Find Out More About Depression
Q. What is depression?
A. Depression is more than the blues or the blahs; it is more
than the normal, everyday ups and downs. When that "down"
mood, along with other symptoms, lasts for more than a couple
of weeks, the condition may be clinical depression.
Clinical depression is a serious health problem that affects
the total person. In addition to feelings, it can change behavior,
physical health and appearance, academic performance, and
the ability to handle everyday decisions and pressures.
Q. What causes clinical depression?
A. We do not yet know all the causes of depression, but there
seem to be biological and emotional factors that may increase
the likelihood that an individual will develop a depressive
disorder. Research over the past decade strongly suggests
a genetic link to depressive disorders. Bad life experiences
and certain personality patterns such as low self-esteem or
extreme pessimism about can increase chances of becoming depressed.
Q. How common is it?
A. Clinical depression is a lot more common than most people
think. It affects 10 million Americans every year. One-fourth
of all women and one-eigth of all men will suffer at least
one episode or occurrence of depression during their lifetimes.
Approximately three to five percent of the teen population
experiences clinical depression every year. That means among
100 people, four could be clinically depressed.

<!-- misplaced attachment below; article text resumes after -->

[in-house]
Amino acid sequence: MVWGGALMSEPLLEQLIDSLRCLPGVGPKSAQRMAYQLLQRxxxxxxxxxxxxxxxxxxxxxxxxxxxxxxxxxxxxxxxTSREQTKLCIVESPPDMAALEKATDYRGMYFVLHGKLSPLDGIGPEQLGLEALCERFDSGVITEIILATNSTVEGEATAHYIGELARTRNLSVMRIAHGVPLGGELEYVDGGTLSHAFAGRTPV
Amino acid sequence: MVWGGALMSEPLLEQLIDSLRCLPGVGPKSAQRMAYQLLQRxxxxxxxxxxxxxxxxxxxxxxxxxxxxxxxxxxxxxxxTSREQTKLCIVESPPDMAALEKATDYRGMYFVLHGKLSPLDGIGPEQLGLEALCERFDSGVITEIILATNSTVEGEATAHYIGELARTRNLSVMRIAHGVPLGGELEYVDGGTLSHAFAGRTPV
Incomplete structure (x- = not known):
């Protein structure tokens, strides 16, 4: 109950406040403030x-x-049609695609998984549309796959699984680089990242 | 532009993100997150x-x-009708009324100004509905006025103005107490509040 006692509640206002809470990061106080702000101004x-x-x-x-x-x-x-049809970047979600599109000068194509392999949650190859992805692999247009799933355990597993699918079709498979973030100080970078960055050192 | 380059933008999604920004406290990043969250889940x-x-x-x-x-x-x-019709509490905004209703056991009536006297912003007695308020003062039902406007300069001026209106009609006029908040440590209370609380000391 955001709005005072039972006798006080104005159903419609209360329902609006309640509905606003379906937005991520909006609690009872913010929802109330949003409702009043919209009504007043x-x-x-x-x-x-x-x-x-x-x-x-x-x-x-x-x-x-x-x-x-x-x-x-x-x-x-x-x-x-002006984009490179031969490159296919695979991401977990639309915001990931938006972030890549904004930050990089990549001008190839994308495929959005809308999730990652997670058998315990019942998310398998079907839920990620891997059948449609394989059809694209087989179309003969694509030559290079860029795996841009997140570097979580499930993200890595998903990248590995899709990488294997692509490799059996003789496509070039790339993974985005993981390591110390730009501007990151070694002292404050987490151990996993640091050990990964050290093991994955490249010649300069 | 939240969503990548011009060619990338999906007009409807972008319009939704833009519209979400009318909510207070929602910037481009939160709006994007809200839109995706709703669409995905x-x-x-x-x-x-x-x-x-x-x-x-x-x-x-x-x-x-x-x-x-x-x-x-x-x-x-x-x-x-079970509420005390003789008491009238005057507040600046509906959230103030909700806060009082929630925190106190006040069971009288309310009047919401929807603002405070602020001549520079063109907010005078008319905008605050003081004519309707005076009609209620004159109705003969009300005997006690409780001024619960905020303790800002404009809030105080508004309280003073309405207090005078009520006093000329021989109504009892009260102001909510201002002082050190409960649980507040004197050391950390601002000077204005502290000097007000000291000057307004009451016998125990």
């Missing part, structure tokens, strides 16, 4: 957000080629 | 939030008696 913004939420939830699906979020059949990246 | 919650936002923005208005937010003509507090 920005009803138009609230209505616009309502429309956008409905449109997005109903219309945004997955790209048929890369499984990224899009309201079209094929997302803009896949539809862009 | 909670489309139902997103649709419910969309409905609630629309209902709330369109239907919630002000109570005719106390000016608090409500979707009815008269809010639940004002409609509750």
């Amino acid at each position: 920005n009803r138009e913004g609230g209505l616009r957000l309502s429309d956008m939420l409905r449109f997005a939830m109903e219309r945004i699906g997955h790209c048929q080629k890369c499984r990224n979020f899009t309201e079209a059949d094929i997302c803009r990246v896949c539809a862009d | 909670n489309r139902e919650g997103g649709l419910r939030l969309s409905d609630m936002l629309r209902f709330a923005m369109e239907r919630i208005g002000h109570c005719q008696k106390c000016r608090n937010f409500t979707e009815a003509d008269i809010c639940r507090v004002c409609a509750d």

Q. ls it serious?
A. Depression can be very serious. It has been
linked to poor school performance, alcohol and drug abuse,
and suicide. In the last 25 years, the rate of suicide among
teenagers and young adults has increased dramatically.
Q. Are all depressive disorders alike?
A. There are various forms or types of depression.
Some people ex- perience only one episode of depression
in their whole life, but many have several recurrences. Some
depressive episodes begin suddenly for no apparent reason,
while others can be associated with a life situation. Sometimes
people who are depressed cannot perform even the simplest
daily activities - like getting out of bed or getting dressed;
others go through the motions, but it is clear they are not
acting or thinking as usual. Some people suffer from bipolar
depression in which their moods cycle between two extremes
- from the depths of despair to frenzied heights of activity
or grandiose ideas about their own competence.
Q. Can it be treated?
A. Yes, depression is treatable. Between 80 and
90 percent of people with depression - even the most serious
forms - can be helped. Symptoms can be relieved quickly with
psychological counseling, medication, or a combination of
both. The most important step toward treating depression -
and sometimes the most difficult - is asking for help.
Q. Does talking about depression only makes it worse?
A. Talking through feelings may help a friend recognize the
need for professional help. By showing friendship and
concern, and giving uncritical support, you can encourage
your friend to talk to his or her parents or spouse or another
trusted person, like a professor or clergy about getting treatment.
If your friend is reluctant to ask for help, you can talk
to someone for him or her - that's what a real friend can